Friday, September 7

Borrowing from your children?

Say you have a friend whose parents worked hard all their lives and built a sizeable estate that he inherited. Those same hard-working parents also set up funds to pay for their grandchildren to go to college.

Unfortunately your friend has a habit of spending more than he makes, and has now spent everything his parents left him. But now that he's spent all his inheritance and maxed out his credit cards, rather than finally starting to live within his means he's decided to "appropriate" the college funds his parents set up for their grandchildren.

(That word "appropriate" as a verb is SO much better-sounding than "take"--or even "redistribute," eh?)

One day your friend asks you what you think about this strategy. Do you say
  • "Hey, that cash is just as much yours as your kids', so go for it!"
  • "That's unconscionable--you're taking something you have no right to take;" or
  • "You should run for national office."
If you favored the first or third choices you're probably a Democrat.

This country's politicians have amassed a $16 Trillion debt, largely by voting for programs that are fiscally unsound. IF anyone ever intended that this borrowed money would have to be repaid, the payers would be our children and grandchildren.

Literally, we're spending our kids' money. And since they didn't get to vote on that decision, this strikes me as unconscionable.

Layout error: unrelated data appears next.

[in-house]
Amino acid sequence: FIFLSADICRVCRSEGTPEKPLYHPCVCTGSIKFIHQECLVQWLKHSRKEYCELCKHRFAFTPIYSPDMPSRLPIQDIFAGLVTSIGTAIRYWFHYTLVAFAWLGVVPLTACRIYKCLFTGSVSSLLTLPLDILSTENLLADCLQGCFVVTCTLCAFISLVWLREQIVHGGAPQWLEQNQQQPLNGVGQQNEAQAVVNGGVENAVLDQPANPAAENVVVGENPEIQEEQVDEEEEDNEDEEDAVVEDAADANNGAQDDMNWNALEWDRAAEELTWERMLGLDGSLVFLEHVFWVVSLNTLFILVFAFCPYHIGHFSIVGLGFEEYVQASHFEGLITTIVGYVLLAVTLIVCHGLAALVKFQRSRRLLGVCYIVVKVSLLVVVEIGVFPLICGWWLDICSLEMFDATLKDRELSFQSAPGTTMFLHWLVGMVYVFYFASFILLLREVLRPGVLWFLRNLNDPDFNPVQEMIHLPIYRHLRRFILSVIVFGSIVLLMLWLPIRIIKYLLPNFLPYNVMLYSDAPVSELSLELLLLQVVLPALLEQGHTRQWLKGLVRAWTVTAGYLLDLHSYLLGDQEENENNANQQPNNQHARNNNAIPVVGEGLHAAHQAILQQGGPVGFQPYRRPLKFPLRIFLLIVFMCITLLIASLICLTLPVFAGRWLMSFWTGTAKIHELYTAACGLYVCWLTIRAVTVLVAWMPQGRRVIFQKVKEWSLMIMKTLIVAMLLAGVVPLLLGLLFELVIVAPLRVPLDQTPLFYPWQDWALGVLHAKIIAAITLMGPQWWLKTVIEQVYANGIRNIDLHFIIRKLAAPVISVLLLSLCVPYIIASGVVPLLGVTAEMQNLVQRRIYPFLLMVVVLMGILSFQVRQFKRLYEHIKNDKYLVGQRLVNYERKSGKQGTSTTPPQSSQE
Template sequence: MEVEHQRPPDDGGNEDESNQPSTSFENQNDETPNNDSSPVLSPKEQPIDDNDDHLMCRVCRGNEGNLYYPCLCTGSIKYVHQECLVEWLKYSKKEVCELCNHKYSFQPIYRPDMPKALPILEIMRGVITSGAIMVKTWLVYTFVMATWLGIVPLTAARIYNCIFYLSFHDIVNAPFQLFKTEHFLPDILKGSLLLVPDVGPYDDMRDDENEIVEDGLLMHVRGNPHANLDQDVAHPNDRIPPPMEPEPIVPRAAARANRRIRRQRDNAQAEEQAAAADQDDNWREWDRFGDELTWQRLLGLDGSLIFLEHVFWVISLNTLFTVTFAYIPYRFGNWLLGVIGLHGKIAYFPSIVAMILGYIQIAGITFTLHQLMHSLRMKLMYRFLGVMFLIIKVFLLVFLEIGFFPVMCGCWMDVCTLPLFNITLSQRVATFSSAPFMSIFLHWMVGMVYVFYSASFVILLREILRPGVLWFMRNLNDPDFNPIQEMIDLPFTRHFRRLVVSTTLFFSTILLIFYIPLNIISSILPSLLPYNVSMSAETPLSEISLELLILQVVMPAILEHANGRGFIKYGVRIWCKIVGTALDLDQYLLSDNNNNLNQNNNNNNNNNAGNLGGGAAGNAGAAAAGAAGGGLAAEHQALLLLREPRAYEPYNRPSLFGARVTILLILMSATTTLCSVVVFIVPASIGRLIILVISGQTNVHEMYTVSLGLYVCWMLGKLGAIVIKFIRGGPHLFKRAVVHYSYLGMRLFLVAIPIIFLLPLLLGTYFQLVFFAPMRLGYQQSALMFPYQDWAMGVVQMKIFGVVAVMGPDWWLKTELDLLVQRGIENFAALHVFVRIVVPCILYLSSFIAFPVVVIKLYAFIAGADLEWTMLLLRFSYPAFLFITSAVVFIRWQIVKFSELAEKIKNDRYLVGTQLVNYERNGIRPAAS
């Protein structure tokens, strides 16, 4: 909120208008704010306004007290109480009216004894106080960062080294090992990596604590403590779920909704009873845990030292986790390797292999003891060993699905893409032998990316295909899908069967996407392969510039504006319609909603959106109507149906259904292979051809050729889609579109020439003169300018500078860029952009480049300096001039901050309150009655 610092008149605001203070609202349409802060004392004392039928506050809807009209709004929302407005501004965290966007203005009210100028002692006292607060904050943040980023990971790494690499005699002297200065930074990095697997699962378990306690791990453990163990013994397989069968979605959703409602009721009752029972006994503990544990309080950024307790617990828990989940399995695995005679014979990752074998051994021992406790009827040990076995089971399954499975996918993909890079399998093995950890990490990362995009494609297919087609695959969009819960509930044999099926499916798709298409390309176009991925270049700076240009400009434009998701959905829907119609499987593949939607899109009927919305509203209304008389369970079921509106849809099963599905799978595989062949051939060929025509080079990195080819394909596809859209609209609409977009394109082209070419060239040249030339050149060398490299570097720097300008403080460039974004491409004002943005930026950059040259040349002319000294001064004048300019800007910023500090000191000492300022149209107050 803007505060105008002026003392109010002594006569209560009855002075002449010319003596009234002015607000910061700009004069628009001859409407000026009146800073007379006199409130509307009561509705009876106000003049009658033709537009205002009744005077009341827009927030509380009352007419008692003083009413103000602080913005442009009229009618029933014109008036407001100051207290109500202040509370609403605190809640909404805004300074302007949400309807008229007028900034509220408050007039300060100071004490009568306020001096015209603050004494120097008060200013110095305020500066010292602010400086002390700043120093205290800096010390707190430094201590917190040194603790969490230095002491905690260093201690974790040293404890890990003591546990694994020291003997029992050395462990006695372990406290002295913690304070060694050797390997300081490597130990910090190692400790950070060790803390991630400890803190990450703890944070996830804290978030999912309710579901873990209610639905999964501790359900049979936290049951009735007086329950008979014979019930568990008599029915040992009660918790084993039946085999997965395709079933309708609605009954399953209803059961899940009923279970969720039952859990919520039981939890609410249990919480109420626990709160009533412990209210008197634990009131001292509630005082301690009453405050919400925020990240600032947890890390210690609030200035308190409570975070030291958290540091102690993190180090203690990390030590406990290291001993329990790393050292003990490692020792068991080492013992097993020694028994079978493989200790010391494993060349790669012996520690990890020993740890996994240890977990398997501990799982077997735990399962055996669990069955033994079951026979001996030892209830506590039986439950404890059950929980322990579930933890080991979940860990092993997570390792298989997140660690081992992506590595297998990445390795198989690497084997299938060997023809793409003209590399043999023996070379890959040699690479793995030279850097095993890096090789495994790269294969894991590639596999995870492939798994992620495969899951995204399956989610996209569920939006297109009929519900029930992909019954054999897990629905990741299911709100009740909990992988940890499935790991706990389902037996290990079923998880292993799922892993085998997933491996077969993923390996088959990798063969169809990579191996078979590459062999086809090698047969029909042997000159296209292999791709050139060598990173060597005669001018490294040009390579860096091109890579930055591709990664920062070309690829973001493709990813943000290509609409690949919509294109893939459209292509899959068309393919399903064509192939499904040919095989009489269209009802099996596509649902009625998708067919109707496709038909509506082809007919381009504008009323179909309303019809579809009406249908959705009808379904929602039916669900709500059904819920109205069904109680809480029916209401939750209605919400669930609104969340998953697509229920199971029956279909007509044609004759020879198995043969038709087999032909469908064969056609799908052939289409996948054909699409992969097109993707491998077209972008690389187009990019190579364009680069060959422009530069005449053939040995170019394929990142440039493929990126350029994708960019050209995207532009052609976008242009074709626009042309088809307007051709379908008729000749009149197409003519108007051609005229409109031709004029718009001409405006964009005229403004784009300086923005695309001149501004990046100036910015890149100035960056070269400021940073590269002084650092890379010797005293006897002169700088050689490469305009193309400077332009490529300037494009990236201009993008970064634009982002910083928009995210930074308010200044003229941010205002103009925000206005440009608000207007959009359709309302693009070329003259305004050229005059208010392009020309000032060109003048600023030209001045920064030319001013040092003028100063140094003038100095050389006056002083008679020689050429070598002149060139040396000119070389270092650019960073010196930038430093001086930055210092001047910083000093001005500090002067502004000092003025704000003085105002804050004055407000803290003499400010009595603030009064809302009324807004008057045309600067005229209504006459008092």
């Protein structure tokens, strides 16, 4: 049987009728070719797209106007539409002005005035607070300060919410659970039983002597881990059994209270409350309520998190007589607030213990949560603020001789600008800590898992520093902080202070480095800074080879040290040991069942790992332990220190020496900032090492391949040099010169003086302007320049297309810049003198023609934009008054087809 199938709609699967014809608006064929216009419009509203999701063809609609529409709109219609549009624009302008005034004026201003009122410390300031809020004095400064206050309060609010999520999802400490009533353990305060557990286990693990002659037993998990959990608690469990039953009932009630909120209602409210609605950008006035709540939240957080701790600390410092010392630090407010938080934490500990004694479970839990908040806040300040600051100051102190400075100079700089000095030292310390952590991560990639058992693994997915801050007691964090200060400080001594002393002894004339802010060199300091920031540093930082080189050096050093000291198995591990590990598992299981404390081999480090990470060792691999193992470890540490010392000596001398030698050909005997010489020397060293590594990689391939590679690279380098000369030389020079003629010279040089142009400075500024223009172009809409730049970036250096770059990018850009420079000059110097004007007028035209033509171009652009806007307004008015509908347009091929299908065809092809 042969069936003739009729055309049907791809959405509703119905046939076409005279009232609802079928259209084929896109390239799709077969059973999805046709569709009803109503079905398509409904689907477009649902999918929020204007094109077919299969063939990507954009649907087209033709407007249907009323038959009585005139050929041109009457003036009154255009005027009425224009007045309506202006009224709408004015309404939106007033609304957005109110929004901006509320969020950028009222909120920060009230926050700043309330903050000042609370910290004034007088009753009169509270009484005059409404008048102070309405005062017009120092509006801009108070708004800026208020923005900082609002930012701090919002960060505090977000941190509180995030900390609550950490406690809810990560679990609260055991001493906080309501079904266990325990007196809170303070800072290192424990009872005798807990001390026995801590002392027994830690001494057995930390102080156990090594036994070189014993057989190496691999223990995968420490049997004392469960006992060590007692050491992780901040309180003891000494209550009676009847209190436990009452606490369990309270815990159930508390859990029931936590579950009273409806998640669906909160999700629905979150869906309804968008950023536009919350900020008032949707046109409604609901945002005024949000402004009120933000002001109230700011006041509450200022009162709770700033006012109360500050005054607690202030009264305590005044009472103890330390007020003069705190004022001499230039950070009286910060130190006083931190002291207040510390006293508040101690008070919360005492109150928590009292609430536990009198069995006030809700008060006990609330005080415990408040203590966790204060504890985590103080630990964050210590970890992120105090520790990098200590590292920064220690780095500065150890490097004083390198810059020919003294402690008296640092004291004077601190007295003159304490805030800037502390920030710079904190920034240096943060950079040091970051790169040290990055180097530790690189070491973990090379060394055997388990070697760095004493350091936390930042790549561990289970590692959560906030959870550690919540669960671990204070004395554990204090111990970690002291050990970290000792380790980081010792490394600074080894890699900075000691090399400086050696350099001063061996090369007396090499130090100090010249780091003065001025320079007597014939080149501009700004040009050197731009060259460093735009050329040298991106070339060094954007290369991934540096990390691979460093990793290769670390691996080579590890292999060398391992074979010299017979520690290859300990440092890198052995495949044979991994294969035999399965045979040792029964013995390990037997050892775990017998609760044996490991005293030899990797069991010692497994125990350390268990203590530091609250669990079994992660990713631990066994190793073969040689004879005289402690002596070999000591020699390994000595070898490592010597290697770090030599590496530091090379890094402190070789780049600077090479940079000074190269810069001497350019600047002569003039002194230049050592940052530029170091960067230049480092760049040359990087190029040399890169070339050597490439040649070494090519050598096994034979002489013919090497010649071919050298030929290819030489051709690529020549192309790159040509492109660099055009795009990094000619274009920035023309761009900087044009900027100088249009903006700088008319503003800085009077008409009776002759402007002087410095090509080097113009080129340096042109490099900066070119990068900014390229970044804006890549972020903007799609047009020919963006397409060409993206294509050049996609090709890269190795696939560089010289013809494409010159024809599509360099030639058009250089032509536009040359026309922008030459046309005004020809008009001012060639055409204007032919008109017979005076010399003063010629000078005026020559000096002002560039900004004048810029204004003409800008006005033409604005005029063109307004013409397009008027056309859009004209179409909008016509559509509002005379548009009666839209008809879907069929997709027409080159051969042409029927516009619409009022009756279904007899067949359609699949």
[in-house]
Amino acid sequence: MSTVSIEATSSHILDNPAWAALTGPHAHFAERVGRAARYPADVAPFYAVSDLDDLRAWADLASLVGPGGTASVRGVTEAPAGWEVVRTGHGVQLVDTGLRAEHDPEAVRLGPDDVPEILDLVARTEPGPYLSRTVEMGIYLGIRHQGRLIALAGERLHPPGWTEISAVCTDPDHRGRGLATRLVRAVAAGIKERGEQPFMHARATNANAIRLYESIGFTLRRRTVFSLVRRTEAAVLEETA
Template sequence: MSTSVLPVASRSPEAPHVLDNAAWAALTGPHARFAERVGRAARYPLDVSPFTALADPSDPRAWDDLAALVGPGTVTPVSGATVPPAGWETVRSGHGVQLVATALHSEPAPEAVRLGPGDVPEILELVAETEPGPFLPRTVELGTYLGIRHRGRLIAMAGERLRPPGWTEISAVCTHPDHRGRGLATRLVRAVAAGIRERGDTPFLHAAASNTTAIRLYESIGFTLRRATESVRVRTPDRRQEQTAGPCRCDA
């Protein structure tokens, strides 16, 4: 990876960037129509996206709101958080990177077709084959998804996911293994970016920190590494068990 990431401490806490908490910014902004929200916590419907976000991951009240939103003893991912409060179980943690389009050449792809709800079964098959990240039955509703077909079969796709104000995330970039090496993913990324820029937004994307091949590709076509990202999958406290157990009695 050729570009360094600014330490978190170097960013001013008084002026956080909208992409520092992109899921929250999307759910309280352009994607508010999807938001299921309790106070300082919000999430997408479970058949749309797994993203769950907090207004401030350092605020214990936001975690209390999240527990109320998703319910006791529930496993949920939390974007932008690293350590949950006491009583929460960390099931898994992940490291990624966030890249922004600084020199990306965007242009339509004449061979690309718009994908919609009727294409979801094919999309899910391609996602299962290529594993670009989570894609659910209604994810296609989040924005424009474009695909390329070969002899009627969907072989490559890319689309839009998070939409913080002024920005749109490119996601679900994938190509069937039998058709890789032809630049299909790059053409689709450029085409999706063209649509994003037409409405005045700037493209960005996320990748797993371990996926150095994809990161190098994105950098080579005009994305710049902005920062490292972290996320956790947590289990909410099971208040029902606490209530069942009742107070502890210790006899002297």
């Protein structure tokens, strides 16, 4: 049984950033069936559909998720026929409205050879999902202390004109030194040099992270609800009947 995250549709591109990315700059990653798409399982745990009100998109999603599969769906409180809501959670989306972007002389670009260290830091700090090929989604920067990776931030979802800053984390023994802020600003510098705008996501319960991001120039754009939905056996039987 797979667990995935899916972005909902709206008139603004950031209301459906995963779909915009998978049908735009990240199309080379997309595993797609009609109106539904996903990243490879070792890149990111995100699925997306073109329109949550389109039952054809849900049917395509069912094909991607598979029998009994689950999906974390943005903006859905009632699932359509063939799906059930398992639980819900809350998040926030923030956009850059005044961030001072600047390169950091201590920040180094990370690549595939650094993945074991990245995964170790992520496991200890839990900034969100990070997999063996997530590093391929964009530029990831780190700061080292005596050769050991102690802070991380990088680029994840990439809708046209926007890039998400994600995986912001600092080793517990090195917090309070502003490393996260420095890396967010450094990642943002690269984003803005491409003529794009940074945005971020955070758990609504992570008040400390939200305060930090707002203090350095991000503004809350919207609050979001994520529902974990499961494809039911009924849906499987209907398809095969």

The problem has two causes: First, politicians know that giving things to voters wins them lots of votes--and since the first law of politicians is to get re-elected, it can scarcely come as a surprise that pols vote to do that.

Fortunately our Constitution--the magnificently-crafted blueprint for our nation--explicitly limited the powers of the federal gummint, and for about 110 years that amazing document kept the corrupt pols in check.

Sadly, around 1900 "our" (ha!) pols--both president and a majority of congresswhores--began to brazenly--openly, laughingly--ignore the limitations on government power specified in the Constitution. Once they saw they could get away with that there were no more restraints on their ability to have government give away money and other benefits to voters--and the ride toward the fiscal cliff accelerated.

And it's not just Dems; Republican pols have gone along with this same strategy, even if they haven't been as audacious or aggressive about it as their Dem counterparts.

Frankly I doubt that any party can succeed in rolling back the illegitimate power that's been grabbed by the president and congress over the last century. But if it *can* be rolled back, I'm pretty sure it won't be the Dems doing it.

At least it won't be done by the Dems we see today.


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